• Parmeswaran Ramanathan, University of Wisconsin-Madison (Lead PI) – Networking protocols
  • Akbar Sayeed, University of Wisconsin-Madison (former lead PI) – signal processing/wireless communications
  • Deukhyoun Heo, Washington State University (PI) – mmWave RF front-end transceiver
  • Subhanshu Gupta, Washington State University (Co-PI) – mmWave data converters
  • Zongshen Wu, Ph.D. student, University of Wisconsin
  • Sheikh Nijam Ali, Ph.D. student, Washington State University
  • Erfan Ghaderi, Ph.D. student, Washington State University
  • Qiuyan Xu, Ph.D. student, Washington State University
  • Chase Puglisi, Ph.D. student, Washington State University
  • Chris Hall, M.S., University of Wisconsin, Graduated – Dec 2017
  • Yifan Zhu, M.S., University of Wisconsin, Graduated – May 2018


Research Activities

Goal 1: Development of a multi-beam MIMO network architecture and communication/signal processing techniques for mobile access. [4]-[6]

Goal 2: Investigate scalable slice-based integrated wideband architectures for mmW hardware and data-converters. Design and optimization of low-complexity energy-efficient circuits and systems for reconfigurability, channel-aggregation, and MIMO. [7]-[9]

Goal 3: Develop PHY-MAC and higher layer networking protocols to exploit the advanced PHY functionality of wideband multi-beam MIMO.

Goal 4: Integrated system modeling and assessment for performance-complexity-energy optimization and experimental validation. [1], [2]

Related Publications/Products
  1. Erfan Ghaderi, Ajith S. Ramani, Arya A. Rahimi, Deuk Heo, Sudip Shekhar and Subhanshu Gupta, “A 4-Element Wide Modulated Bandwidth MIMO Receiver with >35 dB Interference Cancellation,” under review.
  2. Erfan Ghaderi, Ajith S. Ramani, Arya A. Rahimi, Deuk Heo, Sudip Shekhar and Subhanshu Gupta, “An Integrated Discrete-Time Delay-Compensating Technique for Large-Array Beamformers,” IEEE Trans. on Circuits and Systems – I: Regular Papers, vol. 66, no. 9, pp. 3296-3306, Sept. 2019.
  3. Zhu, C. Hall, and A. Sayeed, I-Q Mismatch Estimation and Compensation in Millimeter-Wave Wireless Systems,2018 Global Symposium on Millimeter-Waves, May 22-24, 2018, Boulder, CO.
  4. Sayeed, C. Hall and Y. Zhu, A Lens Array Multi-beam MIMO Testbed for Real-Time mmWave Communication and Sensing,invited paper, First ACM mmNets workshop, Snowbird, UT, October 16, 2017.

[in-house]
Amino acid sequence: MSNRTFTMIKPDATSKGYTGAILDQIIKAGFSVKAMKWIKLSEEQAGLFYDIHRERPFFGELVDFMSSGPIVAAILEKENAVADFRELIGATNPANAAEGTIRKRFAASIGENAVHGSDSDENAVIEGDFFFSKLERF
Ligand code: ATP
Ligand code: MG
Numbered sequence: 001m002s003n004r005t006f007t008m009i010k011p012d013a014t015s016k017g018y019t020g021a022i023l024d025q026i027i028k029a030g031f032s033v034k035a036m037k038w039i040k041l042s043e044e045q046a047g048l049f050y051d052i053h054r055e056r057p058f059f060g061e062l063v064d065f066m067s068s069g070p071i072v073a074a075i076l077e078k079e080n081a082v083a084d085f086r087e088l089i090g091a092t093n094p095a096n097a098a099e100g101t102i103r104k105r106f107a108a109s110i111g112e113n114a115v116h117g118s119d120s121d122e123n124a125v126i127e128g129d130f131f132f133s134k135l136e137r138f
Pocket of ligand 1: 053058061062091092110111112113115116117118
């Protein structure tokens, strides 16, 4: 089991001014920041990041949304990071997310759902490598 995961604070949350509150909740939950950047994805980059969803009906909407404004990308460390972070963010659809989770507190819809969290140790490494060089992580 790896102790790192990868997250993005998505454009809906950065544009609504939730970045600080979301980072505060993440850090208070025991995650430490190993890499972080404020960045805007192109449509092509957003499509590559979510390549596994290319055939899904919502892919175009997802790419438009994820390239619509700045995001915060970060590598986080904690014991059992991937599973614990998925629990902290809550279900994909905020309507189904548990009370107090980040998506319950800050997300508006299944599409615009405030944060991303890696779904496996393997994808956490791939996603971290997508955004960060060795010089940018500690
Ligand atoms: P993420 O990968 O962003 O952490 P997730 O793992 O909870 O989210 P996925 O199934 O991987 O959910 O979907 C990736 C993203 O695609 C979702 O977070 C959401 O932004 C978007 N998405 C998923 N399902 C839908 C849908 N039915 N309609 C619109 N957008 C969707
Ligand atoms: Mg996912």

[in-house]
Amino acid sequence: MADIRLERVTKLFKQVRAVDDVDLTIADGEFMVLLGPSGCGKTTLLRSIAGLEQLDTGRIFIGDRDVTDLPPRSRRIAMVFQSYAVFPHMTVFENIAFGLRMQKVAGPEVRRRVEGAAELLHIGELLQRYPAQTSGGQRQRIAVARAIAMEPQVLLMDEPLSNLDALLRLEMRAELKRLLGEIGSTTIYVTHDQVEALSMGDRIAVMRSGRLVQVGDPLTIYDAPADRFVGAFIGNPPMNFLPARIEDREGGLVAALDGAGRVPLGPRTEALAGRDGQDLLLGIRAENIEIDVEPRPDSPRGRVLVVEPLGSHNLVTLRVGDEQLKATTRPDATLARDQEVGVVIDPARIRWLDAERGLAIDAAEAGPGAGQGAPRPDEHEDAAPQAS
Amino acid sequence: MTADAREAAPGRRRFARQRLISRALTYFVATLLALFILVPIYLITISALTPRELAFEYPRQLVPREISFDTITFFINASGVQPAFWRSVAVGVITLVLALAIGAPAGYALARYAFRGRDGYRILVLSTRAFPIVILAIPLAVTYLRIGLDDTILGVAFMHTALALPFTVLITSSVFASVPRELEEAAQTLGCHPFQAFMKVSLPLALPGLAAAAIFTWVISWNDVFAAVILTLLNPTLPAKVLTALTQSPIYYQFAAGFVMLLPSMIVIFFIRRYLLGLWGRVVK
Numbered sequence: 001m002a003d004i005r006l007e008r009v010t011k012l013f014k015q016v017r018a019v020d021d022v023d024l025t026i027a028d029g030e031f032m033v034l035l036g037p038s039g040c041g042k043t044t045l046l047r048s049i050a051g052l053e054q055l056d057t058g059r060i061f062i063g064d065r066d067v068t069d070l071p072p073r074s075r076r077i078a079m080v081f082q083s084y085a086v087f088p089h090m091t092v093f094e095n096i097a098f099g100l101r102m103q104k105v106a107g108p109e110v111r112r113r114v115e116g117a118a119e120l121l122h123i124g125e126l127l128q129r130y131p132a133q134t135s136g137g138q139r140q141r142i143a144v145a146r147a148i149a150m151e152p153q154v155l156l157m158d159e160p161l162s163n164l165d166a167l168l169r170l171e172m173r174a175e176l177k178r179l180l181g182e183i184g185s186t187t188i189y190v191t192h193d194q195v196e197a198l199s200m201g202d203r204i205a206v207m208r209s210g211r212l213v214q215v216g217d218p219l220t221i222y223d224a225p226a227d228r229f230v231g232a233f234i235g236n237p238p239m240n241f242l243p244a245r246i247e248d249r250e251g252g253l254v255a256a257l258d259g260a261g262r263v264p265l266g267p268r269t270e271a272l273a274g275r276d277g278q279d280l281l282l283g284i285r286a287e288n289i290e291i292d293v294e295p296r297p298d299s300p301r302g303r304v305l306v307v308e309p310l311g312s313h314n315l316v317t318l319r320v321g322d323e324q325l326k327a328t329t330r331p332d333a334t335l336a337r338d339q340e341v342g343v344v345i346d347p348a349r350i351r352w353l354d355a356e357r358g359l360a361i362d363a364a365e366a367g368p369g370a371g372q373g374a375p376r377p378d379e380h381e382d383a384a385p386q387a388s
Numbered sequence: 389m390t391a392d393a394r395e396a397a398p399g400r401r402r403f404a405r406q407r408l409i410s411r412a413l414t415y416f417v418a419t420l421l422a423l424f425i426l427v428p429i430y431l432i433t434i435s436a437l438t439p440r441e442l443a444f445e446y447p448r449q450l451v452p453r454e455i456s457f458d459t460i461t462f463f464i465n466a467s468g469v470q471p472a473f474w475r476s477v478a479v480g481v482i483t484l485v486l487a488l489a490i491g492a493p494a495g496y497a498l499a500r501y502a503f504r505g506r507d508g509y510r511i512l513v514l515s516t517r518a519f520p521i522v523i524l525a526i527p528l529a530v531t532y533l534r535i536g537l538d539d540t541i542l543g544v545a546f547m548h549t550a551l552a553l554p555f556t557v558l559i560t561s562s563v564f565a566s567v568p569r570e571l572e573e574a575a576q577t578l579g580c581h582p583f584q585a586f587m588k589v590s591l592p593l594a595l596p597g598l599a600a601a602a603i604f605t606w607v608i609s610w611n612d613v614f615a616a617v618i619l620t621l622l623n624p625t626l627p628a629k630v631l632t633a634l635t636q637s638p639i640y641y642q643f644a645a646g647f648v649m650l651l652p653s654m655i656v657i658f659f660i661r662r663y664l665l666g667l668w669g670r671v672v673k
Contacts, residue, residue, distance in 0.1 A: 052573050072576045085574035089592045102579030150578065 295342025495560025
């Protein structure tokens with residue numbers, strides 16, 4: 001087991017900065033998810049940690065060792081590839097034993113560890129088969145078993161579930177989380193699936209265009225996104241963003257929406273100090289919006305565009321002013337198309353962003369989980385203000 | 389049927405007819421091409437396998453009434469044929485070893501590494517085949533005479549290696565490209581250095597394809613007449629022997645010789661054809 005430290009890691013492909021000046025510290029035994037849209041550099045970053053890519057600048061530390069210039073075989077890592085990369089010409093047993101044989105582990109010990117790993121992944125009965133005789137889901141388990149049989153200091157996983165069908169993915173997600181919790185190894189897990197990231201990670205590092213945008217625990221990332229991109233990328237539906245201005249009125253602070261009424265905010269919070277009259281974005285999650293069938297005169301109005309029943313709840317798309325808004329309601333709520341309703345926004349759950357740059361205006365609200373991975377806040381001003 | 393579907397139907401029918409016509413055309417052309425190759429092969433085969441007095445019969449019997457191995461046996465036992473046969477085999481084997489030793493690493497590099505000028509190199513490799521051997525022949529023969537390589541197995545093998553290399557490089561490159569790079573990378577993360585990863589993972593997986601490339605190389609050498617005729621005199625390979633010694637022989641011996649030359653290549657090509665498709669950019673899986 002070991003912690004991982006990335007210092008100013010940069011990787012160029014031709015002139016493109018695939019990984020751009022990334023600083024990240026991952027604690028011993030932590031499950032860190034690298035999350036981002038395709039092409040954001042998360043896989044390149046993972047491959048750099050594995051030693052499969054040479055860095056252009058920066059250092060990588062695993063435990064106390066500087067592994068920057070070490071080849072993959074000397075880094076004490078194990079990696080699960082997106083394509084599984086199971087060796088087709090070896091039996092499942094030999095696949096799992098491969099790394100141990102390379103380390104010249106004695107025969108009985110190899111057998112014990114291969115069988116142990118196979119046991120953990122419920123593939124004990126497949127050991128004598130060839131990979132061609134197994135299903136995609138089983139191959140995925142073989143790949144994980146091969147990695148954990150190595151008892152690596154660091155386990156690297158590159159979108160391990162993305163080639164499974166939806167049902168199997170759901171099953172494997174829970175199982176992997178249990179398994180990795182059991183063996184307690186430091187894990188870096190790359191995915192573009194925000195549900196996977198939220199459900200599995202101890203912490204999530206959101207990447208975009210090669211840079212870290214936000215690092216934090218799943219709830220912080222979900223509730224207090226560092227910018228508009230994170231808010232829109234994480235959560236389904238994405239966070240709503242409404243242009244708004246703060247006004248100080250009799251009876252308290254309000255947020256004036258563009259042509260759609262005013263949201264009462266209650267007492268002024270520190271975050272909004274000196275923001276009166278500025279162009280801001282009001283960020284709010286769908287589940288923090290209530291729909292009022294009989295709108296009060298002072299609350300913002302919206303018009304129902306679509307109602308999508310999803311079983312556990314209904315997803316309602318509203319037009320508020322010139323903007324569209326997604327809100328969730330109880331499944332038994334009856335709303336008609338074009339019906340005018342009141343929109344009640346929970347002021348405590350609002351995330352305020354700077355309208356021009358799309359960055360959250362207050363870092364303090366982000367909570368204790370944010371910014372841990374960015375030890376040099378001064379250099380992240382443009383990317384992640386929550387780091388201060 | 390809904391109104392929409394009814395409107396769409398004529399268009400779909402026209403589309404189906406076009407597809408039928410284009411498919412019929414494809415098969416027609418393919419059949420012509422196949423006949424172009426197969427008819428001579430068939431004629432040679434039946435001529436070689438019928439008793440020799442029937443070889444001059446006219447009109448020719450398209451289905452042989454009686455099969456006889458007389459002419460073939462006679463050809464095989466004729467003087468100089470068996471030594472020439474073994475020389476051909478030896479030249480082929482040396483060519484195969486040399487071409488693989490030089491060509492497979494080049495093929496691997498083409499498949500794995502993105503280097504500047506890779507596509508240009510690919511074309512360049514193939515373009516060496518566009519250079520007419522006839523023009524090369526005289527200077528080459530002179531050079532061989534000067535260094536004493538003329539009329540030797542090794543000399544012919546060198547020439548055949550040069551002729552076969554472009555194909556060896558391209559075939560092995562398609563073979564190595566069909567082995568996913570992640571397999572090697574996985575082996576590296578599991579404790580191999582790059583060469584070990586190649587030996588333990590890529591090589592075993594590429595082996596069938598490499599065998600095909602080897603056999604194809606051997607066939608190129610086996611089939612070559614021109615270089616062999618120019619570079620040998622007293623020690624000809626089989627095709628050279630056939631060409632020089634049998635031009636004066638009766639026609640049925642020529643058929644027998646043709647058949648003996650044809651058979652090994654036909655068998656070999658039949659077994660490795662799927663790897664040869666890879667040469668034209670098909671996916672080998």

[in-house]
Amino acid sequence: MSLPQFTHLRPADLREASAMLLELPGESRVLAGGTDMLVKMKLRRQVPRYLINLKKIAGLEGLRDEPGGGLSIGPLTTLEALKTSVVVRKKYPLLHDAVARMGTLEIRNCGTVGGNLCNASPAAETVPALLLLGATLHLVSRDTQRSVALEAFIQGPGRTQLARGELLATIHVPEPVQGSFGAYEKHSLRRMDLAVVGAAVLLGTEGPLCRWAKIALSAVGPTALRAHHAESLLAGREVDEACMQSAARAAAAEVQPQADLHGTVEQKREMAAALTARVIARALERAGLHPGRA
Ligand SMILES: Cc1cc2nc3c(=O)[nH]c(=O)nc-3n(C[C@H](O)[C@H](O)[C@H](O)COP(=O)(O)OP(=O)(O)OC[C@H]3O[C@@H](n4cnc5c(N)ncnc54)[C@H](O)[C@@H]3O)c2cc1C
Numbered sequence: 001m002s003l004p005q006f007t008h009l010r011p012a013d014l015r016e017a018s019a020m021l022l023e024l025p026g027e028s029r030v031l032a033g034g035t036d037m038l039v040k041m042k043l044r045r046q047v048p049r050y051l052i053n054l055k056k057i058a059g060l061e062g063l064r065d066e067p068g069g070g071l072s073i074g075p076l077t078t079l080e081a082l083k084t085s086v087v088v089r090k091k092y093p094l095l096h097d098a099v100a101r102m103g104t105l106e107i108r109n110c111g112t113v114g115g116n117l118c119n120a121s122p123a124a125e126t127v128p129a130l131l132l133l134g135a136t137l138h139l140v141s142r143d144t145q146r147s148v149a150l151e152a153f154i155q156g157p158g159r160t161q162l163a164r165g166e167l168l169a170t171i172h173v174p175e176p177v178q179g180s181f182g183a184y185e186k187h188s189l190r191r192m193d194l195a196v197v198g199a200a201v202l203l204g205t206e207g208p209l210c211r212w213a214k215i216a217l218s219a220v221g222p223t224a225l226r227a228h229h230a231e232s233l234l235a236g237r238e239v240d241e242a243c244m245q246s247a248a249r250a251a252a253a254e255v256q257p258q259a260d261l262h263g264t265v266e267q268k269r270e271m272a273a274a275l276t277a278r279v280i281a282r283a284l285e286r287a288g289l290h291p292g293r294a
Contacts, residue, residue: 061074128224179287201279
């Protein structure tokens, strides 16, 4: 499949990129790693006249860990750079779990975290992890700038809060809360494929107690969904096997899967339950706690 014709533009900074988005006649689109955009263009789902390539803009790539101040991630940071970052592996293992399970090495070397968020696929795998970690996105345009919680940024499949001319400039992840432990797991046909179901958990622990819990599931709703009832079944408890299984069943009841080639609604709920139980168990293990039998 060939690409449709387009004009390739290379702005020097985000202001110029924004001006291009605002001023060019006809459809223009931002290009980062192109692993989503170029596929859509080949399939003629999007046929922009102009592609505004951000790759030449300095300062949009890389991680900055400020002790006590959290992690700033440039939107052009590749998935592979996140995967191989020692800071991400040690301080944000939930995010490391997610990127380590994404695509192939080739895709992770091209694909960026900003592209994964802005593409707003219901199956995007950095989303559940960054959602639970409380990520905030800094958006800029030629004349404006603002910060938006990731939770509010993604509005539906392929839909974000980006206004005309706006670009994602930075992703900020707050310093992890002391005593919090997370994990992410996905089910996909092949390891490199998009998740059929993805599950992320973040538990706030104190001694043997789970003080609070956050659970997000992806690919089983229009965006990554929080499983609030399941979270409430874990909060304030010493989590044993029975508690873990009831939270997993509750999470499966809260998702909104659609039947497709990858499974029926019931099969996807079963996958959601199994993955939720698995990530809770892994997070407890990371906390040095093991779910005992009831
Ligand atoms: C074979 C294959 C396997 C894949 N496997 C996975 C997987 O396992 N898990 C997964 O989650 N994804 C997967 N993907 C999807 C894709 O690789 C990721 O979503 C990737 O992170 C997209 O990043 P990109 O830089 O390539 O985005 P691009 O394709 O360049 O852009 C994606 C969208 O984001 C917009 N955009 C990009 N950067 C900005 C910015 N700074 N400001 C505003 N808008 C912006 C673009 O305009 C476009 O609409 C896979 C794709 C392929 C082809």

5. Sayeed, Millimeter-Wave Wireless: A Cross-Disciplinary View of Research and Technology Development,invited talk, First ACM mmNets workshop, Snowbird, UT, October 16, 2017.
  6. Sayeed, Multi-Aperture Phased Arrays Versus Multi-beam Lens Arrays for Millimeter-Wave Multiuser MIMOAsilomar, CA, Oct. 31, 2017.slides. Copyright 2017 SS&C. Published in the Proceedings of the Asilomar Conference on Signals, Systems and Computers, Oct 29-Nov 1, 2017,  Pacific Grove, CA.
  7. Gao, L. Dai, A. SayeedLow RF-Complexity Technologies for 5G Millimeter-Wave MIMO Systems with Large Antenna Arrays,  IEEE Communications Magazine, February 2018.
  8. Gao, L. Dai, S. Zhou, A. Sayeed, and L. Hanzo,Beamspace Channel Estimation for Wideband Millimeter-Wave MIMO with Lens Antenna Array, IEEE ICC, May 20-24, 2018, Kansas  City, MO.
  9. P. Agarwal, J. H. Kim, P. P. Pande, D. Heo, “Zero-Power Feed-Forward Spur Cancelation for Supply-Regulated CMOS Ring PLLs,”IEEE Transactions on Very Large Scale Integration (VLSI) Systems, vol. 26, no. 4, pp. 653-662, April 2018.
  10. S. N. Ali, P. Agarwal, J. Baylon, S. Gopal, L. Renaud, L. and D. Heo, “A 28GHz 41%-PAE linear CMOS power amplifier using a transformer-based AM-PM distortion-correction technique for 5G phased arrays,” IEEE International Solid – State Circuits Conference, San Francisco, CA, 2018, pp. 406-408.
  11. S. N. Ali, T. Johnson, D. Heo, “DC Polarity Control in Radio Frequency Synchronous Rectifier Circuits,” IEEE Microwave and Wireless Components Letters, vol. 27, no. 12, pp. 1107-1109, Dec. 2017.